“Federal courts are courts of limited jurisdiction. We must presume that a suit lies outside this limited jurisdiction, and the burden of establishing federal jurisdiction rests on the party seeking the federal forum.” Credit Brokers, LLC v. Guilbeau, 2014 WL 2011891 *2 (W.D. La. May 16, 2014) (MJ Hill), citing Howery v. Allstate Ins. Co., 243 F .3d 912, 916 (5th Cir.2001); Dodson v. Spiliada Maritime Corp., 951 F.2d 40, 42 (5th Cir.1992). Thus, as the party invoking this court's jurisdiction, the removing defendants bear the burden of establishing federal subject matter jurisdiction. Moreover, the removal statute is strictly construed, and doubts concerning removal are to be construed against removal and in favor of remand to state court. Guilbeau, 2014 WL 2011891 at *2, citing Louisiana v. Aspect Energy, LLC, 2011 WL 3759754, *2 (W.D.La.2011), aff'd, 2011 WL 5238666 (W.D.La.2011), citing Shamrock Oil & Gas Corp. v. Sheets, 313 U.S. 100 (1941);Willy v. Coastal Corp., 855 F.2d 1160, 1164 (5th Cir.1988), citing Wilson v. Republic Iron & Steel Co., 257 U.S. 92 (1921); Mumfrey v. Anco Insulations, Inc., 2011 WL 1527180, *4 (E.D.La.2011), citing Manfunco v. Prudential Prop. & Cas. Ins. Co., 276 F.3d 720, 723 (5th Cir.2002).

         It is well-settled law that a plaintiff is the master of his complaint. One River Place Condominium Ass'n, Inc. v. Smith, 2001 WL 664574 *2 (E.D. La. 2001) (J. Fallon), citing Carpenter v. Wichita Falls Indep. Sch. Dist., 44 F.3d 362, 366 (5th Cir.1995) (citing Healy v. Sea Gull Specialty Co., 237 U.S. 479, 480 (1915) (“the plaintiff is absolute master of what jurisdiction he will appeal to”); The Fair v. Kohler Die & Specialty Co., 228 U.S. 22, 23 (1913) (“the party who brings a suit is master to decide what law he will rely upon”); Willy v. Coastal Corp., 855 F.2d 1160, 1167 (5th Cir.1988)). Faced with a choice between federal and state law claims, a plaintiff may elect to proceed in state court on the exclusive basis of state law and defeat the defendants' opportunity to remove. One River Place Condominium Ass'n, Inc., 2001 WL 664574, at *2, citing Merrell Dow Pharmaceuticals, Inc. v. Thompson, 478 U.S. 804, 809 (1986) (“Jurisdiction may not be sustained on a theory that the plaintiff has not advanced.”).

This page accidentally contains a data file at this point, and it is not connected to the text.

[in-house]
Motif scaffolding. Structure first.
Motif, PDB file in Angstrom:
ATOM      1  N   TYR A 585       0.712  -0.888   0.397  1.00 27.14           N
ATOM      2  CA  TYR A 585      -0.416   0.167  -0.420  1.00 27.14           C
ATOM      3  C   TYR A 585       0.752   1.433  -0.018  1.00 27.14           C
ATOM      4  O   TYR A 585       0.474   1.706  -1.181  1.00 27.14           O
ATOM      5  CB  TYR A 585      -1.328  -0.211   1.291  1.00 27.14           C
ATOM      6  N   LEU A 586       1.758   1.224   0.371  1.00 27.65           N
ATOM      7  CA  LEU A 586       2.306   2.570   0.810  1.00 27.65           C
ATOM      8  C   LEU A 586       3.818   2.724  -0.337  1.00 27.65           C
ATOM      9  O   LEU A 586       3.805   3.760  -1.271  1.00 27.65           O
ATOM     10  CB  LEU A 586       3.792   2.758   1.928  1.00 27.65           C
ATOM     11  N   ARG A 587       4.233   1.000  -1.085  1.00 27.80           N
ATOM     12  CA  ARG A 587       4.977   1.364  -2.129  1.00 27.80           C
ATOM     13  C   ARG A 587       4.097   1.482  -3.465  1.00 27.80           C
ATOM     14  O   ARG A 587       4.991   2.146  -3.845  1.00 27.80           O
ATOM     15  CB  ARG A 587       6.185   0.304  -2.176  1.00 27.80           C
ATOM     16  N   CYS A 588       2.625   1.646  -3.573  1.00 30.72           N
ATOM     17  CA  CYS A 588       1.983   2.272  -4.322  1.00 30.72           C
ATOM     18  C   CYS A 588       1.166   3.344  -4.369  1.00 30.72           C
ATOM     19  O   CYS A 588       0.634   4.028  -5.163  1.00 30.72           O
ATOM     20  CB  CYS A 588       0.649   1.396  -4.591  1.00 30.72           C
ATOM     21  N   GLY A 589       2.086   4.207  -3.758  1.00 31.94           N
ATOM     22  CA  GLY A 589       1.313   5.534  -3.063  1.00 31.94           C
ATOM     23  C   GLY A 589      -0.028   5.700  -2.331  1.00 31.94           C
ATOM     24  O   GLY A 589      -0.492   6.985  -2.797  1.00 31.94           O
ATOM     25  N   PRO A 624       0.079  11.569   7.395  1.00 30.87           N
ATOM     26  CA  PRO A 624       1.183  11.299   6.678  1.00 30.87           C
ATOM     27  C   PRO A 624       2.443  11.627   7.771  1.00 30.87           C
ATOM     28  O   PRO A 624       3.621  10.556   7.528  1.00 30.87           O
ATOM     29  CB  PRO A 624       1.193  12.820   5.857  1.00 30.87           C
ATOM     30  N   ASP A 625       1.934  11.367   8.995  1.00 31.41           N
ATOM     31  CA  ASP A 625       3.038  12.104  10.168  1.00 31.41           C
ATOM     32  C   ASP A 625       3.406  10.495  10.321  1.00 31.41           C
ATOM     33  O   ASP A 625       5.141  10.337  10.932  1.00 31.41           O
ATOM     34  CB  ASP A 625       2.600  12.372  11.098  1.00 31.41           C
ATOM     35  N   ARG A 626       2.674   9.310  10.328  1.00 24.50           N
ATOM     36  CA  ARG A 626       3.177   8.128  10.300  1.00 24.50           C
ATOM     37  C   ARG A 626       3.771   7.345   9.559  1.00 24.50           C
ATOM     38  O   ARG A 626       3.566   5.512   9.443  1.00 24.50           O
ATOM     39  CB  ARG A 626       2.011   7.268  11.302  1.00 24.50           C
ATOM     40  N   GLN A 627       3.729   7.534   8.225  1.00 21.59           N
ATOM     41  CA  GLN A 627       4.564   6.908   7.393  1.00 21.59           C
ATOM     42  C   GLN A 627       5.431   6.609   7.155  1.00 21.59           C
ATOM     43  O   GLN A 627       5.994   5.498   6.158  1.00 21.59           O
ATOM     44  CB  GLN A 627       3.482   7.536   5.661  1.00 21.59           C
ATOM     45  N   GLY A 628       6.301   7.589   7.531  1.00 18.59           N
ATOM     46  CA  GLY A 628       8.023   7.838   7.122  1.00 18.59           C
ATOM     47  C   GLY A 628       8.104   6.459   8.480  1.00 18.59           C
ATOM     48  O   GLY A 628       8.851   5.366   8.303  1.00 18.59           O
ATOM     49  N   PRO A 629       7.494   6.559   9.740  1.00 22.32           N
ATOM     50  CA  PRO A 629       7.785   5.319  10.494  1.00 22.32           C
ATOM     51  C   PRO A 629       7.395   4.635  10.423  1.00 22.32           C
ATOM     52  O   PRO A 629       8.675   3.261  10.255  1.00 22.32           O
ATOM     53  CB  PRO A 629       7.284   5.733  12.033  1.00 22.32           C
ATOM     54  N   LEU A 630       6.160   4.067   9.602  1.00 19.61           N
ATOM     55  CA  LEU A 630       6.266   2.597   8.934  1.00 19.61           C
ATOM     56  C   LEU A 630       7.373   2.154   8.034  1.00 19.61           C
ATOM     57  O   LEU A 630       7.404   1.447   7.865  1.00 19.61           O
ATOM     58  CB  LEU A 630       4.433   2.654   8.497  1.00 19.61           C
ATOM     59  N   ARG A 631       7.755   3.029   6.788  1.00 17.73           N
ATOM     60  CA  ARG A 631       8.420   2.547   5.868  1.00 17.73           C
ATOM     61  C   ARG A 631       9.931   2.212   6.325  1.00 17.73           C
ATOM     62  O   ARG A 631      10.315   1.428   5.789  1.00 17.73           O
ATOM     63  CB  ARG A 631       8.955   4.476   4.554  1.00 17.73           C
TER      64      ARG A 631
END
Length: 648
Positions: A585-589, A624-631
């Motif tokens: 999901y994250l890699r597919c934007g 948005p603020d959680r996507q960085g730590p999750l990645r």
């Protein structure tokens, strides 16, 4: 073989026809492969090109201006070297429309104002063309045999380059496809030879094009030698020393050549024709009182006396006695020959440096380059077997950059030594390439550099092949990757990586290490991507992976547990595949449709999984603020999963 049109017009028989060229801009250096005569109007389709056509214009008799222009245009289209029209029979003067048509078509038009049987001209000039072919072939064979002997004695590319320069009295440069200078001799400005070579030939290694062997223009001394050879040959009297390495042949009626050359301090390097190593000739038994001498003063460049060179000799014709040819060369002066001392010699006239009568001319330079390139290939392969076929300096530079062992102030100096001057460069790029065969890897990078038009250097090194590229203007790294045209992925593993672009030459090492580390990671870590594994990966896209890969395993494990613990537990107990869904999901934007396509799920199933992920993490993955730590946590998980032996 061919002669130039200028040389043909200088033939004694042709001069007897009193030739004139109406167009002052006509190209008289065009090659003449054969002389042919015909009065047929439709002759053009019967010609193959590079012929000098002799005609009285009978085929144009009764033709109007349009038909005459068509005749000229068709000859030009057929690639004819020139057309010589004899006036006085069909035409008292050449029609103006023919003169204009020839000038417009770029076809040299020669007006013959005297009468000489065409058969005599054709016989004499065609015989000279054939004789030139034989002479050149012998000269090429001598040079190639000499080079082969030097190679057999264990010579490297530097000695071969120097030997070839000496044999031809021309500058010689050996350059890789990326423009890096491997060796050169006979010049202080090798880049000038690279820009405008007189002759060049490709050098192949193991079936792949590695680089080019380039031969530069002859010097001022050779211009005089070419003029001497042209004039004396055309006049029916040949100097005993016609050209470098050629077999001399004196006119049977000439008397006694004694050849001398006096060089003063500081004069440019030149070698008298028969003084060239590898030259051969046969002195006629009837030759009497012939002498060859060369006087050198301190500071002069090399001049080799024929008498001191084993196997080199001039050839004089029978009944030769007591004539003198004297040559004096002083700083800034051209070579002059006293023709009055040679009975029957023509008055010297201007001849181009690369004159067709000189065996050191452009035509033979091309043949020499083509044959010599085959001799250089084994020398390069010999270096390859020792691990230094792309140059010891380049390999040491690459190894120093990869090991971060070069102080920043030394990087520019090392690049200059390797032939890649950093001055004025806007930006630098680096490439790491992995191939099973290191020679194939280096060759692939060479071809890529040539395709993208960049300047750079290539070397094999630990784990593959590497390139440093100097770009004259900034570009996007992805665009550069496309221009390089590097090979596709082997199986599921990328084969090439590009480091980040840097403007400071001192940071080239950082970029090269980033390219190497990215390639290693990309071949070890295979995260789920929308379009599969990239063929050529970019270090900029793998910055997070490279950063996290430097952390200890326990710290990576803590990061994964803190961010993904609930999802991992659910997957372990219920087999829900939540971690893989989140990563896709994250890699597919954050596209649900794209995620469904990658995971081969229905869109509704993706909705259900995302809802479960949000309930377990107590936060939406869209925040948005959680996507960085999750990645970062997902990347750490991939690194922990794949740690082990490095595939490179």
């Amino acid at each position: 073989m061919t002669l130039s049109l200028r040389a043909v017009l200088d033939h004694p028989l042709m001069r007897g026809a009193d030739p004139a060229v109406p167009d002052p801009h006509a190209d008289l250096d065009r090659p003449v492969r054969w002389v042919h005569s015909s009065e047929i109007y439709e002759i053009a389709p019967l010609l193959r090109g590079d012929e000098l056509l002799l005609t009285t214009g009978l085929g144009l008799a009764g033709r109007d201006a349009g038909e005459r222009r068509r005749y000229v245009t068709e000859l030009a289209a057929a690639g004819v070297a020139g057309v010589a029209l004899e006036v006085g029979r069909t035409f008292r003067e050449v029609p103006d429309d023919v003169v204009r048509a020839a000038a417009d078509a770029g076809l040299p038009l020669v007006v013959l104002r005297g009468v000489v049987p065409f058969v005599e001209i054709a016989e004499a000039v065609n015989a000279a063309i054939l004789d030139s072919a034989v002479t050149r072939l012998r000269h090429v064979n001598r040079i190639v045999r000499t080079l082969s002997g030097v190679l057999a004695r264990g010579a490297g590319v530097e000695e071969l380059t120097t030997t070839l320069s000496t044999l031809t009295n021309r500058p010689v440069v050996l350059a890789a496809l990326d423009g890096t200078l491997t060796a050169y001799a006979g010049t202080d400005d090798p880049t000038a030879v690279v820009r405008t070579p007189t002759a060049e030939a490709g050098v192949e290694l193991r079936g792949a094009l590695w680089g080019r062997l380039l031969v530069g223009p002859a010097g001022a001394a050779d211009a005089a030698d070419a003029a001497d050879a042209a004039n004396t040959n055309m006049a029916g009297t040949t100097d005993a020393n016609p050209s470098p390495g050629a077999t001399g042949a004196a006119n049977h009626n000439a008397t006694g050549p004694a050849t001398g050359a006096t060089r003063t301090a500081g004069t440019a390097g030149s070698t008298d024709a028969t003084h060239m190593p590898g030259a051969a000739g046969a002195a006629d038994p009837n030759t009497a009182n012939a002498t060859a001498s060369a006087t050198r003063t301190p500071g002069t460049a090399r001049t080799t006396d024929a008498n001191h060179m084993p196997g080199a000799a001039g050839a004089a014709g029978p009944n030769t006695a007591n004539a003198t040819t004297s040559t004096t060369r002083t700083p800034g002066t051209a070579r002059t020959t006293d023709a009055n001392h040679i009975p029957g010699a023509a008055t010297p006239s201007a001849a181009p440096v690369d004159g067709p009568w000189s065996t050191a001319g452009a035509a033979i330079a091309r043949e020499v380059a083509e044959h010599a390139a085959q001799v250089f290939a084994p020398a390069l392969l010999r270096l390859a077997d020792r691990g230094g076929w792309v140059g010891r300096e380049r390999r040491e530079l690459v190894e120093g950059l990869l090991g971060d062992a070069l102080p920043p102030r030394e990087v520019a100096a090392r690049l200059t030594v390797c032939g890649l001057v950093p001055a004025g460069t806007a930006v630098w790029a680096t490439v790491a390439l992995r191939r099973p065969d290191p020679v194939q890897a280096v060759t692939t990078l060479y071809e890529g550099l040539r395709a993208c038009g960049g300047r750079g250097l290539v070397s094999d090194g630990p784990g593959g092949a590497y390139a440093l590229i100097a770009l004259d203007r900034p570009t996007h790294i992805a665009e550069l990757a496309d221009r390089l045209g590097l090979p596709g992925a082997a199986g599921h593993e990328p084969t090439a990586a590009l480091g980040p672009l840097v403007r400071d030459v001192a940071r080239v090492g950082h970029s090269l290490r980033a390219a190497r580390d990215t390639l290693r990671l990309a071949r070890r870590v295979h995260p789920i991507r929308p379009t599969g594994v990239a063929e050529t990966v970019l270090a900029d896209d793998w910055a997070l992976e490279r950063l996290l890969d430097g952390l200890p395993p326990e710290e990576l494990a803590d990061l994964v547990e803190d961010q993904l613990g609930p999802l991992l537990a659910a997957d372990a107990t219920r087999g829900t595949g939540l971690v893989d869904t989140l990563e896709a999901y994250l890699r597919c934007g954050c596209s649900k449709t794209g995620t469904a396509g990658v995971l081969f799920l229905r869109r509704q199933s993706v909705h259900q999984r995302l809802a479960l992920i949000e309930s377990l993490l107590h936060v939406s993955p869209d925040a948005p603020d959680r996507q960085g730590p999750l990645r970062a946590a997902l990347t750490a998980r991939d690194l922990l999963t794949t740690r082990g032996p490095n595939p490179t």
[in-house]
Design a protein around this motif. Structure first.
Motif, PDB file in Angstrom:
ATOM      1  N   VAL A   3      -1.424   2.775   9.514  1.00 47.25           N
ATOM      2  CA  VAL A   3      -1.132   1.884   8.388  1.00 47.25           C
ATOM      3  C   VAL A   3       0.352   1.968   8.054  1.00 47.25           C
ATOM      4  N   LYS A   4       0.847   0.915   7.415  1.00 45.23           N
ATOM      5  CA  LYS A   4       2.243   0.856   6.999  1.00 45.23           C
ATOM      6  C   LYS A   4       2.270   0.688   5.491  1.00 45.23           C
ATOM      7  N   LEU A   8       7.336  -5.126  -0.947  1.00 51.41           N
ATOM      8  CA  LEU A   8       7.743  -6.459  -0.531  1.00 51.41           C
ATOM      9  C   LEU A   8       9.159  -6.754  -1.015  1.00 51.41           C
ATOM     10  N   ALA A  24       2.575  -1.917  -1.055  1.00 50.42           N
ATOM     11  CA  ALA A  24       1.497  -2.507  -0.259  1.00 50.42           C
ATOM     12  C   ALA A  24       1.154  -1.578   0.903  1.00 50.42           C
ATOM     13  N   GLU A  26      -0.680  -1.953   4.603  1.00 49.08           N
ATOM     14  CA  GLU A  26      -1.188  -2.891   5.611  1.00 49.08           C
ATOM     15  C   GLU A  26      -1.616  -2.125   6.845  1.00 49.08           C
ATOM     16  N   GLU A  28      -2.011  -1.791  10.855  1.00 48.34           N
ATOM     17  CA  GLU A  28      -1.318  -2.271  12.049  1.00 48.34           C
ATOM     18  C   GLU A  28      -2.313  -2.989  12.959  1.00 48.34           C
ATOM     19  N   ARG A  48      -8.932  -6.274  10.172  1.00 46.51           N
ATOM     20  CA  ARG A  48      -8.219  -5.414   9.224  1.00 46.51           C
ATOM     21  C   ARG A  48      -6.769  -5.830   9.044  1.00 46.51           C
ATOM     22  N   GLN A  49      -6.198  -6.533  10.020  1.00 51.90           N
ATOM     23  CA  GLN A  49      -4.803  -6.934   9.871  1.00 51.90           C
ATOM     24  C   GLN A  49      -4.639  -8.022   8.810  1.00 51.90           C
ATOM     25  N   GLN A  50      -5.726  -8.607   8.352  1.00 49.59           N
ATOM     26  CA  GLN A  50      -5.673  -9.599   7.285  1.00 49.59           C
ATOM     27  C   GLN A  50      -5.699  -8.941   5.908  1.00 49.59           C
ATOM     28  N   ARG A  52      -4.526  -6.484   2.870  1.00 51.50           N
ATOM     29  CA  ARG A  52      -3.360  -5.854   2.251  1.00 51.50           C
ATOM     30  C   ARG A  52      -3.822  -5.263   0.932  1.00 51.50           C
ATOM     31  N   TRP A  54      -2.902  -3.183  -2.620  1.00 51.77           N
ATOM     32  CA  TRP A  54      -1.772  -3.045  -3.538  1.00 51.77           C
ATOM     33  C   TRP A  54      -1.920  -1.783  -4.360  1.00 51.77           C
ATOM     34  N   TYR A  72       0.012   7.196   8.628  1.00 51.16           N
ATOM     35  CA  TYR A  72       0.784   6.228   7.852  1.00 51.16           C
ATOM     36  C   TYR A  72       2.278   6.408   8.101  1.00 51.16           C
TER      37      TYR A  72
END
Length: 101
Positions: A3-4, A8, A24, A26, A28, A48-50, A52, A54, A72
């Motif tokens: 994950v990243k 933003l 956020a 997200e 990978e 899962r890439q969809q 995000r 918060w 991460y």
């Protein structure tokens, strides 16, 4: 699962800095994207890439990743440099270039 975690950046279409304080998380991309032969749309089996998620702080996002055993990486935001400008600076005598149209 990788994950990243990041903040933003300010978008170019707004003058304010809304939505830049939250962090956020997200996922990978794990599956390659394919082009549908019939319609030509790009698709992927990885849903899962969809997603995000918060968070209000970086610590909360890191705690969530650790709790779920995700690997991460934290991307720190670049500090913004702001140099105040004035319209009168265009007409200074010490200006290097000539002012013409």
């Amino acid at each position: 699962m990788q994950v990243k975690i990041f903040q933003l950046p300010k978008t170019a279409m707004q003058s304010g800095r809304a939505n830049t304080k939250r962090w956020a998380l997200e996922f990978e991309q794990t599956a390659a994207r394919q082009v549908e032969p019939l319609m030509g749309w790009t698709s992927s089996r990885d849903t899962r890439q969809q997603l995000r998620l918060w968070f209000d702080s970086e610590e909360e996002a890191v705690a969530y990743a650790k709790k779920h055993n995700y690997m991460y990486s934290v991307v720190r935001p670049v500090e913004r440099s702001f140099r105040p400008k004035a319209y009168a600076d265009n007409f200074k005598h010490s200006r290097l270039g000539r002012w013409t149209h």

Generally, a suit arises under federal law if there appears on the face of the complaint some substantial, disputed question of federal law. One River Place Condo. Ass'n, Inc., 2001 WL 664574, at *2, citing Carpenter, 44 F.3d at 365. A determination that a cause of action presents a federal question depends upon the allegations of the plaintiff's well-pleaded complaint. Accordingly, to support removal, the defendants must show that a federal right is “an element, and an essential one, of the plaintiff's cause of action.” One River Place Condo. Ass'n, Inc., 2001 WL 664574, at *2, quoting Gully v. First Nat'l Bank, 299 U.S. 109, 111 (1936). In Holmes Grp., Inc. V. Vornado Air Circulation Sys., Inc.,535 U.S. 826, 831, 122 S.Ct. 1889, 1894, 153 L.Ed.2d 13 (2002) the Supreme Court stated that “a counterclaim - which appears as part of the defendant's answer, not as part of the plaintiff's complaint - cannot serve as ...